No, it’s not an April Fool’s Day prank. At yesterday’s CCSA meeting it was decided to formally drop the quarantine period to 10 and 7 days, and ditch the fit-to fly documents, previously required for anyone travelling to Thailand. This all starts on Thursday, April 1.
The CCSA meeting agreed to shorten the former mandatory 14 day quarantine period to 10 days, for arrivals without a vaccination certificate, and to 7 days for those with a vaccine certificate. Then from April 1 to September 30, quarantine facilities will remain operative under the new guidelines. The April 1 easing of some arrival restrictions is the latest in Thailand’s plan to have most restrictions lifted by October this year.
CCSA spokesman Dr. Taweesilp Visanuyothin announced that from April 1 visitors to Thailand would not be required to show a fit-to fly document. They will be allowed to carry a Covid-19-free certificate instead (basically a negative Covid test result).
But the 14 day quarantine period remains for people arriving from areas where the Covid-19 virus has ‘mutated’. Variant strains have been reported in some parts of the world. The CCSA singled out the African continent a week ago when mentioning the variant strains of the virus.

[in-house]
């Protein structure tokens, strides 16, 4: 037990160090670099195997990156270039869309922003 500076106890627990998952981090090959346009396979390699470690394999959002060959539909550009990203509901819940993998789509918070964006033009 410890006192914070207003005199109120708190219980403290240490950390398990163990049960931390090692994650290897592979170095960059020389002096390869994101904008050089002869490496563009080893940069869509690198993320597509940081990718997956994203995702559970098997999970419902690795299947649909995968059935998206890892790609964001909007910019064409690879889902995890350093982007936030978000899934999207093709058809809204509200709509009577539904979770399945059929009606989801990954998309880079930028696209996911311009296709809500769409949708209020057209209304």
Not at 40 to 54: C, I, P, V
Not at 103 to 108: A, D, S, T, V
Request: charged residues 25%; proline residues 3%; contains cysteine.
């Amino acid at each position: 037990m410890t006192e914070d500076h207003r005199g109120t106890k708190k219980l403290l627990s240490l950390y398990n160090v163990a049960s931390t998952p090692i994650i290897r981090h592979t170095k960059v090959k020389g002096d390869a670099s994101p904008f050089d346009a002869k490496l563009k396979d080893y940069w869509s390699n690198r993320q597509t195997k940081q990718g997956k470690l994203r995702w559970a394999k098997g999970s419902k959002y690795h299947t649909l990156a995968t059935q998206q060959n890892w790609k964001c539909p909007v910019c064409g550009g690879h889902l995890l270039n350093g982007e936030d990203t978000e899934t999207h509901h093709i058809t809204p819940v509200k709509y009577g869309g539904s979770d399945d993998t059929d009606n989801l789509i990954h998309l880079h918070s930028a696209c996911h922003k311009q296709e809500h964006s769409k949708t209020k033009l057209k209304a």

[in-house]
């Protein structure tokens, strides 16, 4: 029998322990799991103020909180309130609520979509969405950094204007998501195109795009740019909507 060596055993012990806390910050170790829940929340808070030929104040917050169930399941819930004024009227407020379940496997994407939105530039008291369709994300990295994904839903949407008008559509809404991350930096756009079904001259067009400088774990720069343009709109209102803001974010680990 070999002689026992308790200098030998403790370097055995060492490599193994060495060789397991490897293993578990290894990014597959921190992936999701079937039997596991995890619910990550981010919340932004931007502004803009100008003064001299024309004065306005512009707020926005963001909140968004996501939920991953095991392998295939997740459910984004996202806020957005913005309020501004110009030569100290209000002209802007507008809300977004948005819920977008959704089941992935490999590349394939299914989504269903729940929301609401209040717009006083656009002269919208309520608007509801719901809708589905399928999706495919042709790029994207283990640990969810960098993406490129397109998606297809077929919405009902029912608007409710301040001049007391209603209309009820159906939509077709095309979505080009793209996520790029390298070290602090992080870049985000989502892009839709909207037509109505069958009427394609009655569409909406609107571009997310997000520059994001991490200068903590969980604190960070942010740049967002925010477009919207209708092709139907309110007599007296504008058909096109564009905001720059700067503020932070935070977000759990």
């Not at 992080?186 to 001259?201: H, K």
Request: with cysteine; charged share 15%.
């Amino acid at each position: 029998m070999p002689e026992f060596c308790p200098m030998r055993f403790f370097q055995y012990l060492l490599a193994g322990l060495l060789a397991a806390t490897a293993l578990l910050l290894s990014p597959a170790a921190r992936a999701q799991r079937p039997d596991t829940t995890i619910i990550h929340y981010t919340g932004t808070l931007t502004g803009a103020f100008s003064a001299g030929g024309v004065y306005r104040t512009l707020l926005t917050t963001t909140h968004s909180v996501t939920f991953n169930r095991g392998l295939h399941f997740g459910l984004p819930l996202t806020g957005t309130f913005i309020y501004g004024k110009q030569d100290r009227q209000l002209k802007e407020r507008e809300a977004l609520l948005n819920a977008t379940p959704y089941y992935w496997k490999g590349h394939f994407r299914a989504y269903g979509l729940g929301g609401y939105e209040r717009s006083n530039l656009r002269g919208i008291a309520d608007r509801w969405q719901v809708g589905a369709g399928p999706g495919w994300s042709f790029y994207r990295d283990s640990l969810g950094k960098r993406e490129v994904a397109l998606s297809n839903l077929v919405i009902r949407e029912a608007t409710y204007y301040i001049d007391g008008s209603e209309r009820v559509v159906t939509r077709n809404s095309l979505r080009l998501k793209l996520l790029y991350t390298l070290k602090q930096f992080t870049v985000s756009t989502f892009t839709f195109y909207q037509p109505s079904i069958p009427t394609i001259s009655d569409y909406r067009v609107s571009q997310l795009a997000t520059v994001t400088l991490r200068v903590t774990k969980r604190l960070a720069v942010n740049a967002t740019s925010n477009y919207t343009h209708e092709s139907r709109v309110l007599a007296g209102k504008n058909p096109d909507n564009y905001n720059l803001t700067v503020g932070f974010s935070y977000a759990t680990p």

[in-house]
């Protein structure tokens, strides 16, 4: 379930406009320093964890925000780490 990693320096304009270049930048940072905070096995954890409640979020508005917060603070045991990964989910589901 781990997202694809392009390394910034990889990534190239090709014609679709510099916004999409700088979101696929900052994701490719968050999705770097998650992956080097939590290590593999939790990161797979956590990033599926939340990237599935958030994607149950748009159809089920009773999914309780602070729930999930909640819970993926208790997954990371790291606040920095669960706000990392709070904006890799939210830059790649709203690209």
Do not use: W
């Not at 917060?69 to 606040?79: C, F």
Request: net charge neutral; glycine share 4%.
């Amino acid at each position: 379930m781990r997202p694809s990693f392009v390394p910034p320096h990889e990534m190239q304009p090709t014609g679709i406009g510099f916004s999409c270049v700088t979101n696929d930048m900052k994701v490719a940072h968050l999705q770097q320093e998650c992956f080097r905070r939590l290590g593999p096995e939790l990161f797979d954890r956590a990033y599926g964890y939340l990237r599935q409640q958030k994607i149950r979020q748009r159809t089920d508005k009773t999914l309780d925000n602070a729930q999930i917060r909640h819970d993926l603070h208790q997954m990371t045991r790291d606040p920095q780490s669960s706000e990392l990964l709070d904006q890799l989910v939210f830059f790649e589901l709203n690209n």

The John Hopkins University reports that one of the main concerns about Covid-19 variants is the unknown effect the current treatments and vaccines will have on the variant strains.
“The variant known as B.1.351, which was identified in South Africa, is getting a closer look from researchers, whose early data show that the Covid-19 vaccine from Oxford-AstraZeneca provided “minimal” protection from that version of the coronavirus. Those who became sick from the B.1.351 coronavirus variant after receiving the Oxford-AstraZeneca vaccine experienced mild or moderate illness.”
“The B.1.351 variant has not been shown to cause more severe illness than earlier versions. But there is a chance that it could give people who survived the original coronavirus another round of mild or moderate Covid-19.”
In an additional easing of restrictions for travellers to Thailand, from April 1 to June 30, new arrivals will be allowed to leave their rooms on the condition that “they comply with the public health measures”. This includes using fitness facilities, swimming pool and outdoor exercise areas, as well as to buy food and goods outside the hotel. Exactly how this will work in practice is yet to be announced.
“From July 1 to September 30, people will be able to eat in restaurants at their hotels and have health massages. From October 1, quarantine will only be required for people arriving from specified world regions.”
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